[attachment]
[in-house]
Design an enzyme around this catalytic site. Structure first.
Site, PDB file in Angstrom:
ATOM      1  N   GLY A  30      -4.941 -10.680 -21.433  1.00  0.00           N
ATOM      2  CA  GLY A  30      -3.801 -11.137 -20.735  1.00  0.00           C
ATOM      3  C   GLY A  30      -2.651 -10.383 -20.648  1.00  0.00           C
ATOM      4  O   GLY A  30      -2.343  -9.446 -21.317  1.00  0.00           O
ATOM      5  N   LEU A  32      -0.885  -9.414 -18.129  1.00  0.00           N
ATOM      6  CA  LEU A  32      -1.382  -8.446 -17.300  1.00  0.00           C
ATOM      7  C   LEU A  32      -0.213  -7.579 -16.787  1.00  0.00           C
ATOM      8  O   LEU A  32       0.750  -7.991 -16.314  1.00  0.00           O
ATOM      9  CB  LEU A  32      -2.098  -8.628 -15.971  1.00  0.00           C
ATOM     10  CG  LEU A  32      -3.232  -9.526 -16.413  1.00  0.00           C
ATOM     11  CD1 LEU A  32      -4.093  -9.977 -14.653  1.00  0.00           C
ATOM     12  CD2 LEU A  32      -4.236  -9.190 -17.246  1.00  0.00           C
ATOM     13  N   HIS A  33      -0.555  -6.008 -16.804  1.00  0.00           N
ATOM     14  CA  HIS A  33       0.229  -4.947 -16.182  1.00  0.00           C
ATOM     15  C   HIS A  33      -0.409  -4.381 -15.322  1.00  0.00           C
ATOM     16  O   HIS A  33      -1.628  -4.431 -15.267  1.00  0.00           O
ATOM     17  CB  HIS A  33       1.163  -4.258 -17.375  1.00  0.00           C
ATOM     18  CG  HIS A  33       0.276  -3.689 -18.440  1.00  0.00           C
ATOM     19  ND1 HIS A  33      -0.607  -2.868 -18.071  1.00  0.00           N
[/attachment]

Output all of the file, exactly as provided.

[in-house]
Design an enzyme around this catalytic site. Structure first.
Site, PDB file in Angstrom:
ATOM      1  N   GLY A  30      -4.941 -10.680 -21.433  1.00  0.00           N
ATOM      2  CA  GLY A  30      -3.801 -11.137 -20.735  1.00  0.00           C
ATOM      3  C   GLY A  30      -2.651 -10.383 -20.648  1.00  0.00           C
ATOM      4  O   GLY A  30      -2.343  -9.446 -21.317  1.00  0.00           O
ATOM      5  N   LEU A  32      -0.885  -9.414 -18.129  1.00  0.00           N
ATOM      6  CA  LEU A  32      -1.382  -8.446 -17.300  1.00  0.00           C
ATOM      7  C   LEU A  32      -0.213  -7.579 -16.787  1.00  0.00           C
ATOM      8  O   LEU A  32       0.750  -7.991 -16.314  1.00  0.00           O
ATOM      9  CB  LEU A  32      -2.098  -8.628 -15.971  1.00  0.00           C
ATOM     10  CG  LEU A  32      -3.232  -9.526 -16.413  1.00  0.00           C
ATOM     11  CD1 LEU A  32      -4.093  -9.977 -14.653  1.00  0.00           C
ATOM     12  CD2 LEU A  32      -4.236  -9.190 -17.246  1.00  0.00           C
ATOM     13  N   HIS A  33      -0.555  -6.008 -16.804  1.00  0.00           N
ATOM     14  CA  HIS A  33       0.229  -4.947 -16.182  1.00  0.00           C
ATOM     15  C   HIS A  33      -0.409  -4.381 -15.322  1.00  0.00           C
ATOM     16  O   HIS A  33      -1.628  -4.431 -15.267  1.00  0.00           O
ATOM     17  CB  HIS A  33       1.163  -4.258 -17.375  1.00  0.00           C
ATOM     18  CG  HIS A  33       0.276  -3.689 -18.440  1.00  0.00           C
ATOM     19  ND1 HIS A  33      -0.607  -2.868 -18.071  1.00  0.00           N